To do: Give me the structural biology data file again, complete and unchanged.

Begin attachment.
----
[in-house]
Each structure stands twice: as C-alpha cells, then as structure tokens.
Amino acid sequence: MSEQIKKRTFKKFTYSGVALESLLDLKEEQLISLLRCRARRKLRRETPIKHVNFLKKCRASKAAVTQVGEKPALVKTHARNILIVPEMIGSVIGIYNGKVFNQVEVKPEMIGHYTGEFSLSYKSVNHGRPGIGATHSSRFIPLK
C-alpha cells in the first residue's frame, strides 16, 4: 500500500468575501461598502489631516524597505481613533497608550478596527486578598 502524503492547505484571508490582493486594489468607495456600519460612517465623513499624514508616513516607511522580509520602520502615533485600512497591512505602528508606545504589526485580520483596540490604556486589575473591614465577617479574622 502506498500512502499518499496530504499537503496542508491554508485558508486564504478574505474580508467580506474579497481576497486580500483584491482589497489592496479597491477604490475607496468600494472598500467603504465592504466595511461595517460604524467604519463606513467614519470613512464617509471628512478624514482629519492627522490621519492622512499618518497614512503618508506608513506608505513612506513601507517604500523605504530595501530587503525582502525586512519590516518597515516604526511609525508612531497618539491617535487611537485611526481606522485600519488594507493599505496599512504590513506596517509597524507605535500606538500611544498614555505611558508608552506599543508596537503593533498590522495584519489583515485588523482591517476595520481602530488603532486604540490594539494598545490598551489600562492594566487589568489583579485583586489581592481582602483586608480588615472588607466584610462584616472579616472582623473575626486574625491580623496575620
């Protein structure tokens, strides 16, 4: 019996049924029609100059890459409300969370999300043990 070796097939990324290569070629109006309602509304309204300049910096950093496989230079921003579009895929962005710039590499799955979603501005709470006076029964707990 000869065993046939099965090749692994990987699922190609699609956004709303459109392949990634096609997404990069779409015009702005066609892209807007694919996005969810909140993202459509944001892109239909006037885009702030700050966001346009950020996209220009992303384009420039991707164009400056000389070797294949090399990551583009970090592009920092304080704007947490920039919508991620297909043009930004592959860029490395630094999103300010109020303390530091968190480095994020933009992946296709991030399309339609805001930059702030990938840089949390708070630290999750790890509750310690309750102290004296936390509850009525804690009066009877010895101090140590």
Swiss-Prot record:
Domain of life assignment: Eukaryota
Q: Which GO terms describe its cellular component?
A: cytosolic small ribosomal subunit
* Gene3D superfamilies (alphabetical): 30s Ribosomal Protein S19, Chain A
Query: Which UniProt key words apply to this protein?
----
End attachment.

[in-house]
Each structure stands twice: as C-alpha cells, then as structure tokens.
Amino acid sequence: MSEQIKKRTFKKFTYSGVALESLLDLKEEQLISLLRCRARRKLRRETPIKHVNFLKKCRASKAAVTQVGEKPALVKTHARNILIVPEMIGSVIGIYNGKVFNQVEVKPEMIGHYTGEFSLSYKSVNHGRPGIGATHSSRFIPLK
C-alpha cells in the first residue's frame, strides 16, 4: 500500500468575501461598502489631516524597505481613533497608550478596527486578598 502524503492547505484571508490582493486594489468607495456600519460612517465623513499624514508616513516607511522580509520602520502615533485600512497591512505602528508606545504589526485580520483596540490604556486589575473591614465577617479574622 502506498500512502499518499496530504499537503496542508491554508485558508486564504478574505474580508467580506474579497481576497486580500483584491482589497489592496479597491477604490475607496468600494472598500467603504465592504466595511461595517460604524467604519463606513467614519470613512464617509471628512478624514482629519492627522490621519492622512499618518497614512503618508506608513506608505513612506513601507517604500523605504530595501530587503525582502525586512519590516518597515516604526511609525508612531497618539491617535487611537485611526481606522485600519488594507493599505496599512504590513506596517509597524507605535500606538500611544498614555505611558508608552506599543508596537503593533498590522495584519489583515485588523482591517476595520481602530488603532486604540490594539494598545490598551489600562492594566487589568489583579485583586489581592481582602483586608480588615472588607466584610462584616472579616472582623473575626486574625491580623496575620
């Protein structure tokens, strides 16, 4: 019996049924029609100059890459409300969370999300043990 070796097939990324290569070629109006309602509304309204300049910096950093496989230079921003579009895929962005710039590499799955979603501005709470006076029964707990 000869065993046939099965090749692994990987699922190609699609956004709303459109392949990634096609997404990069779409015009702005066609892209807007694919996005969810909140993202459509944001892109239909006037885009702030700050966001346009950020996209220009992303384009420039991707164009400056000389070797294949090399990551583009970090592009920092304080704007947490920039919508991620297909043009930004592959860029490395630094999103300010109020303390530091968190480095994020933009992946296709991030399309339609805001930059702030990938840089949390708070630290999750790890509750310690309750102290004296936390509850009525804690009066009877010895101090140590």
Swiss-Prot record:
Domain of life assignment: Eukaryota
Q: Which GO terms describe its cellular component?
A: cytosolic small ribosomal subunit
* Gene3D superfamilies (alphabetical): 30s Ribosomal Protein S19, Chain A
Query: Which UniProt key words apply to this protein?